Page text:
[Last Call] Learn how to a build a cloud-first strategyRegister Now

x
?
Solved

Speed up SQL Server Query

Posted on 2012-08-25
15
Medium Priority
?
809 Views
Last Modified: 2012-08-28
I'm testing my system with 10 million entries, but with a "Select top 100" query it took more than 5 minutes to execute.
Is there any way to speed up my query or the SQL Server?
When I go to my task manager, the sql server process is using more than 1GB of memory.

Imports System.Data.SqlClient

Public Class Form1
  Friend m_db As SqlConnection
  Friend Function OpenDataTable(ByVal sQry As String) As DataTable
    Dim sTable As String = ""
    Dim sStatus As String = ""
    If Not (m_db Is Nothing) Then
      Dim commandMain As SqlCommand
      Dim readerMain As SqlDataReader
      Dim dataTable As New DataTable
      commandMain = New SqlCommand(sQry, m_db)
      commandMain.CommandTimeout = 0
      readerMain = commandMain.ExecuteReader
      dataTable.Load(readerMain)
      readerMain.Close()
      OpenDataTable = dataTable
      readerMain = Nothing
      commandMain = Nothing
    Else
      OpenDataTable = Nothing
    End If
  End Function

  Private Sub Button1_Click(ByVal sender As System.Object, ByVal e As System.EventArgs) Handles Button1.Click
    Dim sQry As String
    sQry = "SELECT top 100 Division.Name as DivName, Locations.Name AS LocName, Case When [Assets].[Select]=0 or [Assets].[Select] is null then 0 Else 1 End as [Select], [Asset Barcode] AS [Asset Barcode], Assets.Name, Assets.Description, Assets.Category, Assets.[Division ID], [Status History].Status, [Status History].[Status Date], [Status History].[Location Barcode], Assets.[Purchase Date], Assets.[Purchase Price], Assets.[Expiry Date], Assets.[Expiry value], [Status History].[History ID], Assets.[Notes],[Custom1],[Custom2],[Custom3],[Custom4],[Custom5],Case When Photo_Thumb Is Null Then 0 Else 1 End as PhotoExists FROM Assets LEFT OUTER JOIN Division ON Assets.[Division ID] = Division.ID LEFT JOIN (Locations RIGHT JOIN [Status History] ON Locations.[Location Barcode] = [Status History].[Location Barcode]) ON Assets.[Asset Barcode] = [Status History].[Asset ID] Where ( ISNULL([Assets].[Select], 0)>=0 and  ISNULL([Locations].[Select], 0)>=0 And  (([Status History].[Status Date])=(Select Max([Status Date]) from "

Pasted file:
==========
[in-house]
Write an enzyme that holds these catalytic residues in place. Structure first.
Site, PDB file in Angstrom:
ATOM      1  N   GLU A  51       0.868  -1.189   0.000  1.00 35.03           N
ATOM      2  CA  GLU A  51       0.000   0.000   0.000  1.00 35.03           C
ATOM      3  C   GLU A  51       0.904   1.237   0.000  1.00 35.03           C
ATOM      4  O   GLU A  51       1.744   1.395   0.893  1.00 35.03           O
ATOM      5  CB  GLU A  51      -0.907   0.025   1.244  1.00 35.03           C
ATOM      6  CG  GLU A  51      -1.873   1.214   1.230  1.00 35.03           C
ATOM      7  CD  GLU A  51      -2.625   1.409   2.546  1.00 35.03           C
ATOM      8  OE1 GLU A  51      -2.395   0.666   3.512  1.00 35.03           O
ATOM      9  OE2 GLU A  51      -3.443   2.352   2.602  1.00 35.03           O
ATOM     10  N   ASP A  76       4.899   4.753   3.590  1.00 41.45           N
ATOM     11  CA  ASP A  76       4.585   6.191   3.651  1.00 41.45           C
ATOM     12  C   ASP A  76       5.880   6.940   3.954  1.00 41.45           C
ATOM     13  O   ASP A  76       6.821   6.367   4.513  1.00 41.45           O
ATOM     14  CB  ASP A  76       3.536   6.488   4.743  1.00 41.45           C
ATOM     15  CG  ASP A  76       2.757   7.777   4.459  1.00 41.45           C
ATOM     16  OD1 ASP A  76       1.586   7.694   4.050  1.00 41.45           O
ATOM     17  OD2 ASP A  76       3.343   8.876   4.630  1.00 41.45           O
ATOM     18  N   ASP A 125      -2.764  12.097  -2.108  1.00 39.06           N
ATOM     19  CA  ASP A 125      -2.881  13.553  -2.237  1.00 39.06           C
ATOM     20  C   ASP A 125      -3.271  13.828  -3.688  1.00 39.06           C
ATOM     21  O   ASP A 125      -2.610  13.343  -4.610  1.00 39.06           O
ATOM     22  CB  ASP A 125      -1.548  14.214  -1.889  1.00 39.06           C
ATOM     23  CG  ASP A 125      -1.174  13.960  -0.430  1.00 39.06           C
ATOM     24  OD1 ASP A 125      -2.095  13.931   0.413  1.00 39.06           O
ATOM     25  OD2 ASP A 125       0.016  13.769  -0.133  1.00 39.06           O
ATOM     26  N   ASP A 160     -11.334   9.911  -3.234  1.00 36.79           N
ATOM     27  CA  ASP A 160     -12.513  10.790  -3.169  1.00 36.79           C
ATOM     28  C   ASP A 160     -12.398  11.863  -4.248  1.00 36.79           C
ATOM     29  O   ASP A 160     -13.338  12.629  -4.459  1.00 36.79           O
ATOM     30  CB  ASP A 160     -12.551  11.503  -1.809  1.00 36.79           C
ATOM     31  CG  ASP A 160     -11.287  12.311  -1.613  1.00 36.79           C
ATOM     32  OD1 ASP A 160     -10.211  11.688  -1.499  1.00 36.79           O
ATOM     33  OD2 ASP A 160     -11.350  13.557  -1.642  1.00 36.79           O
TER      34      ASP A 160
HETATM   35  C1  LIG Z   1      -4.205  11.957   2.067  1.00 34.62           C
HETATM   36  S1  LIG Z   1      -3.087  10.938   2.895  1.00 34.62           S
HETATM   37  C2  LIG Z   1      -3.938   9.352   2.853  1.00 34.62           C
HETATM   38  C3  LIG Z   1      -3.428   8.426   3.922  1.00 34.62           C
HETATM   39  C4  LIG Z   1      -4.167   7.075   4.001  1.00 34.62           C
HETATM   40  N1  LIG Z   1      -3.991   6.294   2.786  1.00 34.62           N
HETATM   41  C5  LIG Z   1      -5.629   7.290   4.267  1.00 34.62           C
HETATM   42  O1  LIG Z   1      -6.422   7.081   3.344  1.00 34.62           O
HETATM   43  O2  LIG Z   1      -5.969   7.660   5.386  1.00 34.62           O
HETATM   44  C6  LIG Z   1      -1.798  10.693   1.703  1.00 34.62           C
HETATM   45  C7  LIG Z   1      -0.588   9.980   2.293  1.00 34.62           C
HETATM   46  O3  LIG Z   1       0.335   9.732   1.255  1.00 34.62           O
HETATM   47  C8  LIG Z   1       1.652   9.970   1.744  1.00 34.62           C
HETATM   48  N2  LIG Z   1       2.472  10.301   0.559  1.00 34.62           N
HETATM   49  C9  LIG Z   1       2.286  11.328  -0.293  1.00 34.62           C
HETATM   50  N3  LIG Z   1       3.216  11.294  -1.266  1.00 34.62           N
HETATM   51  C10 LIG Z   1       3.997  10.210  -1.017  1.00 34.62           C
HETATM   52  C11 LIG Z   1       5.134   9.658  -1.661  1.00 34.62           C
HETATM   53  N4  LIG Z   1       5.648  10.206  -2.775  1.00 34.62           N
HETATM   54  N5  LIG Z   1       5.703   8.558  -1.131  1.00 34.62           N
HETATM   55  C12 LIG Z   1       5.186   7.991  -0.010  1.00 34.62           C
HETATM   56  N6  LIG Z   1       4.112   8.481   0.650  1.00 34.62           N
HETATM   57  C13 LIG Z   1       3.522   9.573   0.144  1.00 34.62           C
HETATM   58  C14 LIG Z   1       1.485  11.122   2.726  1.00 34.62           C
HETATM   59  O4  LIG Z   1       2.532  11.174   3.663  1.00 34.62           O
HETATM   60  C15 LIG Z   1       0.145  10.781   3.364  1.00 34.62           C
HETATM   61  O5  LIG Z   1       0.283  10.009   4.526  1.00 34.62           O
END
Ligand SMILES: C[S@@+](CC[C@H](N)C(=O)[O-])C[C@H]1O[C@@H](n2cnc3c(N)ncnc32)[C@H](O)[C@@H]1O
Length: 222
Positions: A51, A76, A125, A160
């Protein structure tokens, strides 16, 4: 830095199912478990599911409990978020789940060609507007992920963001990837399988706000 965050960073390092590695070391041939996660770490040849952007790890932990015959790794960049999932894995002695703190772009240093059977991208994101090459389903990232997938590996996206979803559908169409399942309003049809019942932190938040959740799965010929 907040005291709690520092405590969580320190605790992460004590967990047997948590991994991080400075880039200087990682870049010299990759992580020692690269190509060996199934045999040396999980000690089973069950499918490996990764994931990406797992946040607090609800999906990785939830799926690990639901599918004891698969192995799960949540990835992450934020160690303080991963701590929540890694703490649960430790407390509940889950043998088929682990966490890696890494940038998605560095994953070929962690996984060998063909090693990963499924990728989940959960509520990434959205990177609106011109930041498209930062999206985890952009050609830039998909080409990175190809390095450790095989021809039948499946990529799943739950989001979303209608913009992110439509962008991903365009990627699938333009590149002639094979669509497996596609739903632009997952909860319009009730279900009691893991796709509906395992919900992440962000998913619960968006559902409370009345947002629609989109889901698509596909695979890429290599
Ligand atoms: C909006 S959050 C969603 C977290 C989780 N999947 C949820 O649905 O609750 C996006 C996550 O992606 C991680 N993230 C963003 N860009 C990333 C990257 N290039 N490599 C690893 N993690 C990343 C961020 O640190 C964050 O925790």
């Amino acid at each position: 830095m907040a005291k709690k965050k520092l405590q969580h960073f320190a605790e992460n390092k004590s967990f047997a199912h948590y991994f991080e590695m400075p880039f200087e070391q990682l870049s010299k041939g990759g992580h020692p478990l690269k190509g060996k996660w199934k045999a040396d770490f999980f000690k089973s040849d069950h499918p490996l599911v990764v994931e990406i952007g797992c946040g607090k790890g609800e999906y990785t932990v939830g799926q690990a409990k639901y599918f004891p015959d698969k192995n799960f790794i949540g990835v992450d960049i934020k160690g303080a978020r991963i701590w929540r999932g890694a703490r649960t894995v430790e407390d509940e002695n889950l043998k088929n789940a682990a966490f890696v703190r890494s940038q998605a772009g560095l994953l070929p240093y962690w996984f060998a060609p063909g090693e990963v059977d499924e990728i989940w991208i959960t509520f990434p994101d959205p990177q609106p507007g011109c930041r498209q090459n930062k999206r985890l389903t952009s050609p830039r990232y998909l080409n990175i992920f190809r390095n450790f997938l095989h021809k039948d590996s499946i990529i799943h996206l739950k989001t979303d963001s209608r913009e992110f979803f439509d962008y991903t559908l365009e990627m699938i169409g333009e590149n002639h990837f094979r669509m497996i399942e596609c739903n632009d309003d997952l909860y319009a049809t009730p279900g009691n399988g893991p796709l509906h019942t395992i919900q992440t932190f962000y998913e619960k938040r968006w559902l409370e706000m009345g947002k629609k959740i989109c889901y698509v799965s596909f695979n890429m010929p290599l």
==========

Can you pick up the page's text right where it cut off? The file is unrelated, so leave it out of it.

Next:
sQry += "[Status History] Where [Asset ID] = [Asset Barcode]))) or ( ISNULL([Assets].[Select], 0)>=0 and  ISNULL([Locations].[Select], 0)>=0 And  (([Status History].[History ID]) Is Null)) ORDER BY [Name] ASC;"
    MyDataGridView.DataSource = OpenDataTable(sQry)
  End Sub
End Class

Open in new window

0
Comment
Question by:koossa
  • 5
  • 5
  • 2
  • +2
15 Comments
 
LVL 75

Assisted Solution

by:Anthony Perkins
Anthony Perkins earned 1500 total points
ID: 38333149
Are the tables appropriately indexed?

It would appear you can simplify your WHERE clause to:
    WHERE   ISNULL([Assets].[Select], 0) >= 0
            AND ISNULL([Locations].[Select], 0) >= 0
            AND ([Status History].[Status Date] = (SELECT   MAX([Status Date])
                                                   FROM     [Status History]
                                                   WHERE    [Asset ID] = [Asset Barcode]
                                                  )
                 OR [Status History].[History ID] IS NULL)

Open in new window

0
 
LVL 14

Expert Comment

by:nishant joshi
ID: 38333752
as per "acperkins" you should use appropriate index on tables and condition having in where clause.and remove subquery (if it taking time) with join this will great helps you.
and consider order by column also while creating indexes.

Thanks..
0
 
LVL 75

Expert Comment

by:Anthony Perkins
ID: 38334528
nishantcomp2512,
as per "acperkins"
It really is my name, but if you prefer most people here call me by my name: Anthony.
0
Windows Server 2016: All you need to know

Learn about Hyper-V features that increase functionality and usability of Microsoft Windows Server 2016. Also, throughout this eBook, you’ll find some basic PowerShell examples that will help you leverage the scripts in your environments!

 
LVL 81

Expert Comment

by:arnold
ID: 38334748
Use the SQL tools to analyze the query, it will provide you suggestions as other pointed out.
The problem you have a sub query
Separate the select to get the date, and assign the data into a variable.
0
 

Author Comment

by:koossa
ID: 38337781
I only have a primary key on my main table.

Create table [Assets] ([Asset Barcode] varchar(255) PRIMARY KEY,....."

On which fields do I need to create indexes because all of then are searchable and sort-able in my software.

How do I create indexes using T-SQL then?
0
 
LVL 70

Expert Comment

by:Scott Pletcher
ID: 38337942
For testing purposes, drop the ORDER BY.

ORDER BY with TOP forces the entire result set to be generated so SQL can do the final sort and give you the TOP nnn in that specific order.

If you drop the ORDER BY, SQL will just give you a very fast any 100 (or whatever) rows (assuming the WHERE conditions and subqueries can be satisfied quickly).